I conquered one of my biggest culinary fears recently, and right on time too.
One of the reasons why I love cooking so much is because of the process. Long, involved, complicated recipes have always appealed to me because my mind is always racing at a thousand miles an hour, and being able to completely throw myself into something helps me to slow down and clear my headspace. It sounds counterintuitive, but it’s always worked for me. And lately I’ve been craving that slow time now more than ever, as life has kind of been all over the place. I blame daylight savings, mercury being in retrograde, the end of the year approaching, and ten other things outside of my control.
But I digress because this blog post is about making homemade croissants, which has been another one of my “white whale” recipes (another recipe being bread, and you can read all about my first time making that here). If you’re anything like me and like throwing yourself into a project that takes a long time, is kinda unnecessarily complicated, but reaps a huge reward, look no further than this croissant recipe.
Croissants have been one of my favorite foods for as long as I can remember. I love bread and butter, and I literally cannot think of anything that satisfies my basic cravings more than croissants. Especially a croissant smeared with Nutella, but that’s for another time.
One of my fondest memories from visiting Paris last year was walking around the corner from the AirBnb in the rain with my family, pulling our luggage behind us carefully under our umbrellas, and being the first customers at a local patisserie that opened its doors just a few minutes before we had to run to our train. We rushed in and grabbed a few of their fresh croissants and shoved them in our faces one-handed as we rushed to the Metro so we could catch our flight back to London. Those were the most buttery, fresh, flaky croissants I’ve ever had and my sister and mom both agree that it’s up there as one of the best foods we’ve ever had. We talk about those croissants all the time, even over a year later. They were that good.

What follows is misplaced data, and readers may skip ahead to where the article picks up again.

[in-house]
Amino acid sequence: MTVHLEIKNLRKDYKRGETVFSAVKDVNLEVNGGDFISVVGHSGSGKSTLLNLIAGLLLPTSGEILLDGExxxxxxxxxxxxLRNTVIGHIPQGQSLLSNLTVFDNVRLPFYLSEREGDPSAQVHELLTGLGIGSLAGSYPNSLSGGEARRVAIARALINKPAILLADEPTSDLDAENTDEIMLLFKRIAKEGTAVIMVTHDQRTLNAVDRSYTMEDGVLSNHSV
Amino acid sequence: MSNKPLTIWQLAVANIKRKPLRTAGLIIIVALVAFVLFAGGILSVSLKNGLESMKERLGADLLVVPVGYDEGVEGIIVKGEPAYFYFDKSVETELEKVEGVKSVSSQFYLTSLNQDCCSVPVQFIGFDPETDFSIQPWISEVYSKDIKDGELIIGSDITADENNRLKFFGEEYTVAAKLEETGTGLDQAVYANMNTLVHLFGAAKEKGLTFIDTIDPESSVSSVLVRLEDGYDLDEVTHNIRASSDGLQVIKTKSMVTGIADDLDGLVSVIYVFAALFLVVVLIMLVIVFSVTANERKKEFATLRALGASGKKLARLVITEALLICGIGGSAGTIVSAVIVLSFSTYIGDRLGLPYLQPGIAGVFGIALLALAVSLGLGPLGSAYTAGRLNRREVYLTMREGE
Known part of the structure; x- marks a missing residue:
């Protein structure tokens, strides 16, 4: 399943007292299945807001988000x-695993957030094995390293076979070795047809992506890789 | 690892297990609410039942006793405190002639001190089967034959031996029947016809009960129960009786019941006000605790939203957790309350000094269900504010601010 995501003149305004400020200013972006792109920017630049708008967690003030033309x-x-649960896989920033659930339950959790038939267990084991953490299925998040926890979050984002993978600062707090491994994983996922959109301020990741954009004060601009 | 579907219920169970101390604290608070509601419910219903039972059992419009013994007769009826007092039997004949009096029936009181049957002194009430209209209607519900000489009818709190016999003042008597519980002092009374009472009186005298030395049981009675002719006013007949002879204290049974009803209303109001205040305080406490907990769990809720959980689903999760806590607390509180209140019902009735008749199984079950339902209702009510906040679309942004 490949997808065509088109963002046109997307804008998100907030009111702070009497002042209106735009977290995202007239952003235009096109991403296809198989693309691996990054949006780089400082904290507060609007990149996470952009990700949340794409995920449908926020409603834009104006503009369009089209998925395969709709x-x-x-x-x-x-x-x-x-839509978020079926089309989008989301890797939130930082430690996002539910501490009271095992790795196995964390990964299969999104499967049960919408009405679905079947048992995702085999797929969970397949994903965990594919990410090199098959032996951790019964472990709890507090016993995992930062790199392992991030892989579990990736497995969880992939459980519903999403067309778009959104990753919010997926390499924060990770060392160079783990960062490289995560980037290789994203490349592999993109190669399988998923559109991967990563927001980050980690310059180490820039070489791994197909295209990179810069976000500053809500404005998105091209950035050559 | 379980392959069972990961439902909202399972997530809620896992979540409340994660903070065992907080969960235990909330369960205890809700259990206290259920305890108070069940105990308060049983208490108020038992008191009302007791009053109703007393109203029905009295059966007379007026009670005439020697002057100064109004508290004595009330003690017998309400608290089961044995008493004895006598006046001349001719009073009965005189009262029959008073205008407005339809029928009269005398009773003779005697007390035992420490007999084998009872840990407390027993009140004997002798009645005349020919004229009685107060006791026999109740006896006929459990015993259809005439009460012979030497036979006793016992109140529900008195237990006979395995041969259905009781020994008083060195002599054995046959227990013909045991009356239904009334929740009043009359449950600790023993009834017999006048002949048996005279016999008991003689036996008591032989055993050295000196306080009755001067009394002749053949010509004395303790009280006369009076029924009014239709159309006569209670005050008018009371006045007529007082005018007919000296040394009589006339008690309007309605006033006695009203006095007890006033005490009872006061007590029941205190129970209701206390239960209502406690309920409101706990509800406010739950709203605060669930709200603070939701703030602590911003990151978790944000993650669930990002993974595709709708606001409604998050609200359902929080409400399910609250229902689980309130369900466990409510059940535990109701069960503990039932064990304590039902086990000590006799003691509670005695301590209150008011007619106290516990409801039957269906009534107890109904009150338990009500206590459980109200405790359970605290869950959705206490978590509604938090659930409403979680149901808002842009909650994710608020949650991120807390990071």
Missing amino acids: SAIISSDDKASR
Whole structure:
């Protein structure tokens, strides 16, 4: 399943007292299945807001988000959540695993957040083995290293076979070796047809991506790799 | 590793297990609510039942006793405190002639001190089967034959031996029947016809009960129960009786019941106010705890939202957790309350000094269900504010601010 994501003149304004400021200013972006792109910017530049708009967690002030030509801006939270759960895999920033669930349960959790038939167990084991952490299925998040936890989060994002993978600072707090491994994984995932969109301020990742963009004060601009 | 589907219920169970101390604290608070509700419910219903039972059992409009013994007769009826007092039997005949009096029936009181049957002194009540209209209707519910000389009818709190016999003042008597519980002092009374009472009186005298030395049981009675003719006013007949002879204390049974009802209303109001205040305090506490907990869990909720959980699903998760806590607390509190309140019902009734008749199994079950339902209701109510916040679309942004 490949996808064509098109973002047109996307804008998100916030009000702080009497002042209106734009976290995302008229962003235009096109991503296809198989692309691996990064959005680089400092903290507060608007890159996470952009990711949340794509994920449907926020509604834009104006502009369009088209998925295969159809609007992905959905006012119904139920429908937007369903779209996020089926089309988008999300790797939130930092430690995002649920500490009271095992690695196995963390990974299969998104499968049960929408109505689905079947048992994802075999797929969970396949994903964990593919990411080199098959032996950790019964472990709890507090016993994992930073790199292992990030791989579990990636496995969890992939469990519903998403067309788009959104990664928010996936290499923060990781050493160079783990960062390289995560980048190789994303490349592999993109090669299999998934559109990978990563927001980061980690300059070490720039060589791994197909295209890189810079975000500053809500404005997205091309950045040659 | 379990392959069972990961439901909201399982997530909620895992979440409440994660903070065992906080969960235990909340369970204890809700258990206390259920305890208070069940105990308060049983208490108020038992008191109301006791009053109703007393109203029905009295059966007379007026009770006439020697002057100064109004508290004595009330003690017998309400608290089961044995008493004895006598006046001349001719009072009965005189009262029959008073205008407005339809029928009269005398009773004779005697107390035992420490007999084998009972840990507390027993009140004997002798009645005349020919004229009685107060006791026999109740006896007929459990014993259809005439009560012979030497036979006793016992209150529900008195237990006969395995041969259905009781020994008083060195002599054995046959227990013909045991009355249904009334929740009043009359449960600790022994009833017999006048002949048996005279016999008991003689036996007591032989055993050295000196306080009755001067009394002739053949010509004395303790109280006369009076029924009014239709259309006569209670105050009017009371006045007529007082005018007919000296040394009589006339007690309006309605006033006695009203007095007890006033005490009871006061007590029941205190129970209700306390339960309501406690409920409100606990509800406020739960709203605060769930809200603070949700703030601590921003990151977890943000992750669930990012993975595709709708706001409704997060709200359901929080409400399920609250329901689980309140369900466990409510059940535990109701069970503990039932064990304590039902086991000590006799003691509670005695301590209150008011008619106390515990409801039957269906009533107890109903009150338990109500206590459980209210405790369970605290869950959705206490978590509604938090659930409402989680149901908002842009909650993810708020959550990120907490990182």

This croissant recipe doesn’t come close to what we had in Paris, but they are pretty darn good. As this was my first time making it I already have a few alterations in mind for my next go around, but overall this recipe is simple enough to follow through. My main pain point was the assembly at the very end – my first round of croissants looked more like blobs than the delicate crescent rolls that we’re used to, but they were still delicious none the less.
And take the day off. Seriously, croissants are a commitment and require constant attention and love. I had so much fun making them, and look forward to doing it again soon. And next time I’ll certainly add a dollop of Nutella to the center.
Homemade Croissant Tips
- If your yeast mixture does not bubble after 15 minutes, throw it out and start again. Make sure you’re using fresh, active yeast from an unopened package (if using individually wrapped servings).
- When you’ve cut the dough into triangles and you’re finally ready to roll the croissants, it may help to roll the triangles flat with a rolling pin. This way you are able to fold them multiple times and create even more flaky layers.
- Roll the croissants pretty tight as they may unravel a bit as they expand and rise.
- Bake until nicely golden brown to ensure it’s baked completely through. You don’t want a doughy center!
- 1 1/2 cups milk lukewarm
- 1/4 cup brown sugar